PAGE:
Communities advised to leave elephants migratory corridors
Its 7:45 a.m. A cold breeze from the River Nile lingers as we approach the route to Paraa Safari Lodge. Three elephants flap their wide ears and raise their trunks up as they graze together, six meters away from the entrance to Paraa in Murchison Falls National Park.
A ten minutes-ride from Pakwach town through the bridge in a bumpy rocky-ride gets one to the immediate wildlife view area at the gate where domestic tourists pay 15,000/= for entrance, a rate. Twenty percent of this gate collection goes to the local community as a revenue-sharing fund to compensate when wild animals destroy their crops.
This sunny Thursday morning, the animals seem at peace as they graze at liberty near humans employed to protect them. Except for the wild cats they are hardly visible from the entrance.
The cats are herbivores and according to Sgt. Muranzi Kwezi, the tour guide, and once one has fed on a human flesh, they would attack the whole community because it would not want to eat anything else.
The elephants, giraffes, Uganda kob and hippos seem to have a better part of the 3,800 square kilometer park, the largest among the ten parks in the country.
Eric Enyel, the Senior Warden Murchison Falls National Park, says an aerial census carried out three years ago put the number of elephants at 5,900, 2,300 of which are at Murchison Falls. By 1986, there were about 2,000 elephants only in the park due to the insurgency in Northern Uganda, but the number has since increased due to migration from other countries and natural factors.
Enyel said elephants have a natural instinct that directs them to a particular route as they migrate. They are one of the largest mammals on earth; and are among the most intelligent of the creatures with complex consciousness that are capable of strong emotions.
Weighing between 400-500kgs, standing up to about 5.5 metres tall with a lifespan of about 25 years, an elephant eats about 300 kgs of leaves and trees and drinks about 60 litres of water per day; a reason they are a danger to the farmers in the vicinity.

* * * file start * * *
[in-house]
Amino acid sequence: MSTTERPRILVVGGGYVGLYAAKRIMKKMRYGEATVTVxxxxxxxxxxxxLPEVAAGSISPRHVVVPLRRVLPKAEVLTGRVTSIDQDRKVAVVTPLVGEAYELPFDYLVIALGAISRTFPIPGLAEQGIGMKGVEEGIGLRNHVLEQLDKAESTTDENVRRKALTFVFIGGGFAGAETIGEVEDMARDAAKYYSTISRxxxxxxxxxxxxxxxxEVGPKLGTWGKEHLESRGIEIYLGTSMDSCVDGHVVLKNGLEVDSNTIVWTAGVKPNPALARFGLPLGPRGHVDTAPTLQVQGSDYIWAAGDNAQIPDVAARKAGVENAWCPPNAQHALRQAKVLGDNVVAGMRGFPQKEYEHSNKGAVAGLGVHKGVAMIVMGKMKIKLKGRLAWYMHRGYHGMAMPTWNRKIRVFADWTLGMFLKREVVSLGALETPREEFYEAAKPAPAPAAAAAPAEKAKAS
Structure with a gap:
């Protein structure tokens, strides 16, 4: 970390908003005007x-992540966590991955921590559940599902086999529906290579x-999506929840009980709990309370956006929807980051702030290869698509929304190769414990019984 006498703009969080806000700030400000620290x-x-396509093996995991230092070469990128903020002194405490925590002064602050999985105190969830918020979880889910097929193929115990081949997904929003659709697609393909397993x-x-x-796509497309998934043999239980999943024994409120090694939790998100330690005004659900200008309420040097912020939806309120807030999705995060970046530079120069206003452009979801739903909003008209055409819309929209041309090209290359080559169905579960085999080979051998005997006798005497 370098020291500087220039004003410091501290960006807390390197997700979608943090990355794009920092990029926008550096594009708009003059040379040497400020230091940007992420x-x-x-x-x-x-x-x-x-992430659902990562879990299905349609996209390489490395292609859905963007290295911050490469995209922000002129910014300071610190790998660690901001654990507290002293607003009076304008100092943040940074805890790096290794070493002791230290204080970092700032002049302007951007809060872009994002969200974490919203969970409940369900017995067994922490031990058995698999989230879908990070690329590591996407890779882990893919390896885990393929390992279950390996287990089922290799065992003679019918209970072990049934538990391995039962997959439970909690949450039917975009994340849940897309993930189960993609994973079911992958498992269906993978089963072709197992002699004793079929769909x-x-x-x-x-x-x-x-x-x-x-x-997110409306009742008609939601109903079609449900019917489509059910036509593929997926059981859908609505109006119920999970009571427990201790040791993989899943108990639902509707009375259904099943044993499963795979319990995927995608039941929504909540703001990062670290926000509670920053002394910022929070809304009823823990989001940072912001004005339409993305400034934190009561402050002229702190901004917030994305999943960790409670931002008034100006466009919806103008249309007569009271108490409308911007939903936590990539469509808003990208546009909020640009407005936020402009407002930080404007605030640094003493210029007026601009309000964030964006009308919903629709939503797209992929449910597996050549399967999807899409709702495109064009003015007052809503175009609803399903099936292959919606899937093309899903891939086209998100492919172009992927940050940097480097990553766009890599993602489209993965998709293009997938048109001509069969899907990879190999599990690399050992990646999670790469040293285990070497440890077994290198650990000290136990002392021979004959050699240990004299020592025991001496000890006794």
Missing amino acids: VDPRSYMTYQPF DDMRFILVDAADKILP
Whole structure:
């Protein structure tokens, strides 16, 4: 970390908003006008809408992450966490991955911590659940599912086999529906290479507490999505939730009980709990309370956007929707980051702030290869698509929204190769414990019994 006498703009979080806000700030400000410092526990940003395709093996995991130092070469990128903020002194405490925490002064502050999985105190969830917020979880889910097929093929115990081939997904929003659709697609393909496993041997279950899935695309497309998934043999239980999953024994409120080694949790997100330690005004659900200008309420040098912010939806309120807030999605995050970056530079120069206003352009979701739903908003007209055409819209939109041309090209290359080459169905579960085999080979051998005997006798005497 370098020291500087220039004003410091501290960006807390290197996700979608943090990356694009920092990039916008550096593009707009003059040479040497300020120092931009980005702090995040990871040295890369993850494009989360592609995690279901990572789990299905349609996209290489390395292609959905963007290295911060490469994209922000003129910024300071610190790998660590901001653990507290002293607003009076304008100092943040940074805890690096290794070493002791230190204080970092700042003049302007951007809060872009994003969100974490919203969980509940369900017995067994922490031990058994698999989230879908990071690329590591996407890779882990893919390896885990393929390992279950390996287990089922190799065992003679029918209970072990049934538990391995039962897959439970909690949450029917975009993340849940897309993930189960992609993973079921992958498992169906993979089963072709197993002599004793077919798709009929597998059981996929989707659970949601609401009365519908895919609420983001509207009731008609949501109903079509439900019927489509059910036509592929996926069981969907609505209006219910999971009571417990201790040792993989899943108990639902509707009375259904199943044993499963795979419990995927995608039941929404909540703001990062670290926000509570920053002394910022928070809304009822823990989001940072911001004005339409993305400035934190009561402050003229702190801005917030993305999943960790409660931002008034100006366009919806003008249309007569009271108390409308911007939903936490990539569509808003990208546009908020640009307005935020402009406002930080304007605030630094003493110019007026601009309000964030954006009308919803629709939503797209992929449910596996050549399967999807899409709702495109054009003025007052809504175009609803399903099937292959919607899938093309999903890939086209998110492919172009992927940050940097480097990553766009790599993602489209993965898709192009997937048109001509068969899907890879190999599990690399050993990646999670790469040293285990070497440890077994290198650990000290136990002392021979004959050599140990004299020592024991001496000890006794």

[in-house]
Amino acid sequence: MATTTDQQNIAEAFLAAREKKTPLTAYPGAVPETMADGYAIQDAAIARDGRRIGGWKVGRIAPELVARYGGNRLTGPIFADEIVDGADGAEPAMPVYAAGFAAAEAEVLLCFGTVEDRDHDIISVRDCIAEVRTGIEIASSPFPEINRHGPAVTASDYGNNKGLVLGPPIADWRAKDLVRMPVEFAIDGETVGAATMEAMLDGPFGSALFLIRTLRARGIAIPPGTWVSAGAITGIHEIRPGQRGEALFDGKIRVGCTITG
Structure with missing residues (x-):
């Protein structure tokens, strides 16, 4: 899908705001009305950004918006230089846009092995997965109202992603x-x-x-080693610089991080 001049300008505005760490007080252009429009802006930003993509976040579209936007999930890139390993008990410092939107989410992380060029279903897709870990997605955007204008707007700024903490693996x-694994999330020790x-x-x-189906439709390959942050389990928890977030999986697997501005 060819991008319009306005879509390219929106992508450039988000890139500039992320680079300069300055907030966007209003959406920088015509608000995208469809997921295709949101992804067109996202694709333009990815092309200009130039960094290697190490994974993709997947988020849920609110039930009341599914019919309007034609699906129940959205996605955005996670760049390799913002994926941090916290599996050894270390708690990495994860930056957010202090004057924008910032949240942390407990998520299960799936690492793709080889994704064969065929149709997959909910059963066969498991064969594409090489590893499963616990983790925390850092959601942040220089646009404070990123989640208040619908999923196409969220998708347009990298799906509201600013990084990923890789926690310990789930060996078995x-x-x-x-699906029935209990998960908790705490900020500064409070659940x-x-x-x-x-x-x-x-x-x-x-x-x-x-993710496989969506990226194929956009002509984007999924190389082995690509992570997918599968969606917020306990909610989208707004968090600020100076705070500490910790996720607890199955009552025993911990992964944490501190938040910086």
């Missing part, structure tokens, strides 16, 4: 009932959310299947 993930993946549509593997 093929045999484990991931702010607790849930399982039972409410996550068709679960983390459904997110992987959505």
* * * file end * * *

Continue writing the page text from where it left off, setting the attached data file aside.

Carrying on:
He adds that the animal-human conflict experienced in the communities, especially around Nwoya, is because their natural routes have been tampered with.
However, Andrew Seguya, the Executive Director of Uganda Wild Life Authority (UWA) believes that if the elephants are confined in one national park as some people think, it will have a genetic effect. “Confining animals in one place will have a genetic effect. It is not the nature of animals to be confined in parks but because we want people to also coexist with the animals, we do so. We only try to control them but you cannot maintain them in the parks all the time.”
He explains that if the animal-human conflict is to be cease, people have to respect the migratory corridors of animals like elephants. “We have challenges when animals get into gardens and frustrate people.
It is only proper if people maintain the migration corridors and not settle or grow crops in them. The elephants have used the migratory corridors for centuries and you cannot begin to change that in their minds today.”
Recently, UWA spent about 2.5 billion shillings to compensate communities affected by the wild animals. Seguya says UWA has tried several interventions to cub the animal-human conflict but the trend continues since the elephants are clever animals. “We have a trench to cover the whole of Nwoya up to Kololo in Amuru but the elephants are clever, they follow up to the tarmac because we could not dig the trench to destroy that road.”
He encouraged the locals to continue growing pepper to deter elephants but also benefit from it as an economically viable crop. A kilogramme of pepper costs between 15,000/= to 20,000/= lpcally.
While launching the Tulambule, a promotional local tourism drive at the Hippo pool at Murchison Falls National Park recently, Godfrey Kiwanda Ssuubi, the Minister of state, Tourism, Wildlife and Antiquities urged the locals to use their diverse culture to attract tourists who come to visit the park. “Tulambule is to get more local people inside the park but we are telling Ugandans that you have this heritage to develop. See how you can use them to do business. Make crafts and sell to the tourists to improve your livelihoods.”
He added: “You can do trade within legal means in wildlife products, like farming crocodiles, that is allowed, if you use the right channels; tourists love such as well.”
By 2020, Uganda aims to attract more than four million visitors every year, a target they hope to boost through local tourism. Currently, about 1.5 million tourists visit national parks, accounting for one percent of the sector’s contribution to the national Gross Domestic Product.